Mariam Reza [00:37:04] This is a hard one, of course. I feel like I have not yet written my legacy. However, when you look down what you’ve done and where you’ve always stuck to and I’ll say it’ll continue in the path of leveraging the importance of human connection with whatever vehicle, whether it’s through AI or another human. But leveraging that connection, listening and understanding and being able to demonstrate empathy, being able to put that into technology or any business function or any initiative, I think that will be one that I’d love to continue down the path of. What would I be remembered for in that case? More and more as we, I guess, evolve where we get further away from human connection. I’d love to utilize all of these technologies and advancements in our arsenal to actually make that human connection even stronger and more possible, as opposed to creating a distance which we’re going through that curve, right? It has created distance between humans themselves. But yeah, if technology can be used in an effort to make it an even better human connection, that would be one of the legacies, right? And that’s why I stay in this space where, you know, every conversation you have on our platform with LivePerson, it’s going to be something that’s empathetic, trustworthy, we’ve understood if we haven’t, a human steps in and you have this full tangle, everyone’s here to resolve or help you stick to that industry. I guess for now till I figure out if there is another legacy out there.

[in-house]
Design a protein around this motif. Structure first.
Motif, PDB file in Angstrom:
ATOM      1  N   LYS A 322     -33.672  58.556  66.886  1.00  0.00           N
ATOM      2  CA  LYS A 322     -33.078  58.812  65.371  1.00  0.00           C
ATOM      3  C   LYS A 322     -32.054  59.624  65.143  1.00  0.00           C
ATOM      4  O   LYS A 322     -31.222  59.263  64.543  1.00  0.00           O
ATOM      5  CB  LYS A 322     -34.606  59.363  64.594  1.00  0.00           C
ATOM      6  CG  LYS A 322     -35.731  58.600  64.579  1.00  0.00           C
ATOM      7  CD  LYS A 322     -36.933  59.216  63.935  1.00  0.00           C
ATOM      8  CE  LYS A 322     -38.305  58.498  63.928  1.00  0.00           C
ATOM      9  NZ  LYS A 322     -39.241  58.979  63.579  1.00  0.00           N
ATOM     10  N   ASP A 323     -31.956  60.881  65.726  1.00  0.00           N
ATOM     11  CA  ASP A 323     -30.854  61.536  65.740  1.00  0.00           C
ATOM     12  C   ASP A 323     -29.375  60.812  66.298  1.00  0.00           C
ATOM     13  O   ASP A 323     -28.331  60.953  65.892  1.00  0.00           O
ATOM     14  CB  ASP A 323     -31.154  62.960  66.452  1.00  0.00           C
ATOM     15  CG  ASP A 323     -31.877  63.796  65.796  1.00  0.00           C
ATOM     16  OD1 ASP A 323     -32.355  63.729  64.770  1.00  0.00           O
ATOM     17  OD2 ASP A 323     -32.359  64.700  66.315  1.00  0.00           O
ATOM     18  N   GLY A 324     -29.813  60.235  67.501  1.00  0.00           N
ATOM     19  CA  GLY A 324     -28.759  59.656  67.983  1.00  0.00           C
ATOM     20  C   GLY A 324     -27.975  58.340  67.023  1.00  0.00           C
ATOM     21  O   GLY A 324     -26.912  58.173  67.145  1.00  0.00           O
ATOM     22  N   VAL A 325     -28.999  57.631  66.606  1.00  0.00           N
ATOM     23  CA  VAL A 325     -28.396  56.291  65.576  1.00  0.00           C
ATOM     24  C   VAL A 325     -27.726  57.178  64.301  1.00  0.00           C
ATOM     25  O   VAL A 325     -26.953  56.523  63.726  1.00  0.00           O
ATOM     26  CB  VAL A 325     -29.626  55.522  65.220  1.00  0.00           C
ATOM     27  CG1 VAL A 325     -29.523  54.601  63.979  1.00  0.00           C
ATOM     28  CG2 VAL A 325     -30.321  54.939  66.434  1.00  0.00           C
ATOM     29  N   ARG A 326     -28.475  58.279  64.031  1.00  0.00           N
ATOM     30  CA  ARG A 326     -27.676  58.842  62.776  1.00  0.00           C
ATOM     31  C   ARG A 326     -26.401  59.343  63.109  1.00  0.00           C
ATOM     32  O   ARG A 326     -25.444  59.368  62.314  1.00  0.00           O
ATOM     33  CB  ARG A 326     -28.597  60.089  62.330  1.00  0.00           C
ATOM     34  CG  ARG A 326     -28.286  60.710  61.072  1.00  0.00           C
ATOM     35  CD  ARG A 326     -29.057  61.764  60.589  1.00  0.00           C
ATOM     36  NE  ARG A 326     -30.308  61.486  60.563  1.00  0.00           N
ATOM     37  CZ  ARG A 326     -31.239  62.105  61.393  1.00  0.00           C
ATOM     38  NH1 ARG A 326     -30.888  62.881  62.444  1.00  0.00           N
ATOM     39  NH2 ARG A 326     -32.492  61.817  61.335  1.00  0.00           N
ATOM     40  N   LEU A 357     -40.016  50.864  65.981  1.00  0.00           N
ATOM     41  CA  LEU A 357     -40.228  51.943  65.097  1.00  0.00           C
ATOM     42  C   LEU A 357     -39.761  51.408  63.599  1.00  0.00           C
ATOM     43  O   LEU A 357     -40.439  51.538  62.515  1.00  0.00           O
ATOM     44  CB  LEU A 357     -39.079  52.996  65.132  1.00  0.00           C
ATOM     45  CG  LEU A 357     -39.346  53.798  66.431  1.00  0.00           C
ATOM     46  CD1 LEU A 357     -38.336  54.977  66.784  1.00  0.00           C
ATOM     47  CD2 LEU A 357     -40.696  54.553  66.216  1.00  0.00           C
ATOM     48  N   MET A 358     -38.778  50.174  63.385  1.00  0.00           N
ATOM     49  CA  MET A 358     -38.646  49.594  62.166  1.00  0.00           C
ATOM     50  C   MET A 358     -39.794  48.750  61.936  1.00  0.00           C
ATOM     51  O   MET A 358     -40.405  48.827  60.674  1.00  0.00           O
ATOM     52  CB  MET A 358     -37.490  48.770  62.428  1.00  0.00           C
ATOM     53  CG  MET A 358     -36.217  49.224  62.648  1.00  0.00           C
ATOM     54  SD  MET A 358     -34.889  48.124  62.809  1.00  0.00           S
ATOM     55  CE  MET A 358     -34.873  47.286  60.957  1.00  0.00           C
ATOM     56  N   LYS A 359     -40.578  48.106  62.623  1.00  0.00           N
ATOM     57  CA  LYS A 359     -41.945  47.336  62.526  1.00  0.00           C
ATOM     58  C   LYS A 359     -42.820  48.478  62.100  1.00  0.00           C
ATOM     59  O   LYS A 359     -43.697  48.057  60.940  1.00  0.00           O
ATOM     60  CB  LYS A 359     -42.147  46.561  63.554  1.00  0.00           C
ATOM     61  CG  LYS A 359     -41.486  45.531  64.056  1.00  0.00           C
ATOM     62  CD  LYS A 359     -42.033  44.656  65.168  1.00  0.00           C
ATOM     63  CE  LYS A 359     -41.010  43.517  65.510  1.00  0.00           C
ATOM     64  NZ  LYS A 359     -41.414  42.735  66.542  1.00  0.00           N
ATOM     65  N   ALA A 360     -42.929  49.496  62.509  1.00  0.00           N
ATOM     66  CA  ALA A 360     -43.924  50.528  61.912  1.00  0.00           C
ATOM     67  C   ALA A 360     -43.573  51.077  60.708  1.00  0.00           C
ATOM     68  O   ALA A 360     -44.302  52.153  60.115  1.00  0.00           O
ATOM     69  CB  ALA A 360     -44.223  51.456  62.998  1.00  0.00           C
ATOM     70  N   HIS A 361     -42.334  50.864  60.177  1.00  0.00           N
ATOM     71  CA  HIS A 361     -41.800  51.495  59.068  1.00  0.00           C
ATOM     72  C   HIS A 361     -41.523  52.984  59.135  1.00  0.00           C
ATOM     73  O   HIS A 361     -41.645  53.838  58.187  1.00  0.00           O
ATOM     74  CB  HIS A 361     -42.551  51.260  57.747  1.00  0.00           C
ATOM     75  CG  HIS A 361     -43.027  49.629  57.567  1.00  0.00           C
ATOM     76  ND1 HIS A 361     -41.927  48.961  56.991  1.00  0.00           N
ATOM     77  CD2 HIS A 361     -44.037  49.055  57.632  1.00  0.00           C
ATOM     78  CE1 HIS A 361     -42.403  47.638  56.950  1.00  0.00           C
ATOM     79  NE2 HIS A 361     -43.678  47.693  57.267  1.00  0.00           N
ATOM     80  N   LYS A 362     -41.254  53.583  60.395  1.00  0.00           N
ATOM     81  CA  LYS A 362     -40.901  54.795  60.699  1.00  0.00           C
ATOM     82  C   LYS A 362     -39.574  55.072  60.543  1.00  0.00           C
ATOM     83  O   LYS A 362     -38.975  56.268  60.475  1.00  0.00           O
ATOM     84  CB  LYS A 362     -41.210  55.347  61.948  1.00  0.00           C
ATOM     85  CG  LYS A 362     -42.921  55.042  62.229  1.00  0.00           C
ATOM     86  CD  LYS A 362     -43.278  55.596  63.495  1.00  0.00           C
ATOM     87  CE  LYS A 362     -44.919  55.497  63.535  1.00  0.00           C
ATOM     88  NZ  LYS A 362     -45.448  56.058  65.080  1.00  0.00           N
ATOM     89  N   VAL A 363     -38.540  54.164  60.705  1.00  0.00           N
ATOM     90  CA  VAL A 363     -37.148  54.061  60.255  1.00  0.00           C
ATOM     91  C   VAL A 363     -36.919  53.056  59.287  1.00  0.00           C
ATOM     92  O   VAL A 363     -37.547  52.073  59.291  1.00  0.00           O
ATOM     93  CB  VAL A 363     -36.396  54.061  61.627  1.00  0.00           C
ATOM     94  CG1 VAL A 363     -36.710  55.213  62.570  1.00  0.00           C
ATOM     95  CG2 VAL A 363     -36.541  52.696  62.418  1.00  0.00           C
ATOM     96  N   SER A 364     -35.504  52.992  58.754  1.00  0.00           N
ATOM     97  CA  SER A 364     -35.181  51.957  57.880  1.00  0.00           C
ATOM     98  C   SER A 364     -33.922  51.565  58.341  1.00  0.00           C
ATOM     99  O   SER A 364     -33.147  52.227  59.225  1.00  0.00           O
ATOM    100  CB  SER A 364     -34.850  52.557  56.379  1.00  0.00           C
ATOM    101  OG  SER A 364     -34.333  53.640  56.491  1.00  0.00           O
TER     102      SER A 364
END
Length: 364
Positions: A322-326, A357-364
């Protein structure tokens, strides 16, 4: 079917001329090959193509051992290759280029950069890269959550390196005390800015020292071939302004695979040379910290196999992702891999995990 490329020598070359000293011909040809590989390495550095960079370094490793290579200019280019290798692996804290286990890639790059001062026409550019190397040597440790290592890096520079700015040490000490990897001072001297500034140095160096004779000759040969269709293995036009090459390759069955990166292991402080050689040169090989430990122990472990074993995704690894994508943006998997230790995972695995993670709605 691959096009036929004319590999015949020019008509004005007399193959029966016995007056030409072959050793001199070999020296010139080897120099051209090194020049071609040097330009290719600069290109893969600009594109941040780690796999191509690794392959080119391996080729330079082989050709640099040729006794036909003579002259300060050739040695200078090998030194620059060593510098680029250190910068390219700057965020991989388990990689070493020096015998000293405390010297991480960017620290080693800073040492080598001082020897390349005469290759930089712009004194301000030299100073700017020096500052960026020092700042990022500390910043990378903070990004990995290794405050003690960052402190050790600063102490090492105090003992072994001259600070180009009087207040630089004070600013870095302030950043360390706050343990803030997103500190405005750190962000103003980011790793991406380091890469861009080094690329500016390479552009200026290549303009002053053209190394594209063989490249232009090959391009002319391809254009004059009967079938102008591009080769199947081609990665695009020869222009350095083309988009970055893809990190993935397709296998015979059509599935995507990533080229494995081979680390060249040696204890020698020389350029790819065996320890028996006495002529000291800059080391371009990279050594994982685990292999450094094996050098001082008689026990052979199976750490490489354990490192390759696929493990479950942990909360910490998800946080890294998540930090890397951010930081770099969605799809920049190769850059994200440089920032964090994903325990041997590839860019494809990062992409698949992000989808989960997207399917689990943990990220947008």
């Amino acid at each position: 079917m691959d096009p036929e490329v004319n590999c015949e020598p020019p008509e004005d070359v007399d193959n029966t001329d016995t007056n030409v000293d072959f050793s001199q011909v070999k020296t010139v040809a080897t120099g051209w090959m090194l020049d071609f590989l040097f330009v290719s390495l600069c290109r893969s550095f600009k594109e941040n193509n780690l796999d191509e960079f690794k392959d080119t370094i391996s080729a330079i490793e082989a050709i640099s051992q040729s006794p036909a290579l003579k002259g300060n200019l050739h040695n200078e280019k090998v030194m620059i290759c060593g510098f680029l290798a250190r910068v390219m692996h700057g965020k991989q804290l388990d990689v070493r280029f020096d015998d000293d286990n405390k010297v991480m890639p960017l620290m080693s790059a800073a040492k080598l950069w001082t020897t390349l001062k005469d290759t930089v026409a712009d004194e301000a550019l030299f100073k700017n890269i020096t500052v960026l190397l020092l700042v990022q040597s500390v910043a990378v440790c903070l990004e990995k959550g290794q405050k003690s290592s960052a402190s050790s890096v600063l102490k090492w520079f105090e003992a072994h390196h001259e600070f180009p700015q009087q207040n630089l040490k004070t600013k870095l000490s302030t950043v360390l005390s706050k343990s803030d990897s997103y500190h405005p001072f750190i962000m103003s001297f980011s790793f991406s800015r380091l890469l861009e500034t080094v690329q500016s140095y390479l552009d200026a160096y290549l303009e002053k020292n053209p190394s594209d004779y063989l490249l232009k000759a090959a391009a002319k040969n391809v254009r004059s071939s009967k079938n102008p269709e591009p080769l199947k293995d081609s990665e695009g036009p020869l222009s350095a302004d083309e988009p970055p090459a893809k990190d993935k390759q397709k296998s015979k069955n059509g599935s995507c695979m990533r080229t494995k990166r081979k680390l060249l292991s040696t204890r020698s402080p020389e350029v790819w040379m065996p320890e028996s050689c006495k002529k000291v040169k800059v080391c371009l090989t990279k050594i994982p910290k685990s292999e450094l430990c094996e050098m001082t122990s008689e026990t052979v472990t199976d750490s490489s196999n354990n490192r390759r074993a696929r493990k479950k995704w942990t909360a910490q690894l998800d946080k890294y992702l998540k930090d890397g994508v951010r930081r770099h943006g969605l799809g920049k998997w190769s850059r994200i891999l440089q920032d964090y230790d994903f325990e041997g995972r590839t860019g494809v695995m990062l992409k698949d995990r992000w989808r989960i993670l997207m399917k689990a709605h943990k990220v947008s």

Ned Hayes [00:38:39] Great to hear your thoughts on this industry and all the growth that’s possible here. Really appreciate your time today. Thank you.
Mariam Reza [00:38:45] Thank you, Ned. Thank you Ashley
Ned Hayes [00:38:47] The Spark Plug is a wholly owned property of SnowShoe all content and copyright 2021 SparkPlug Media.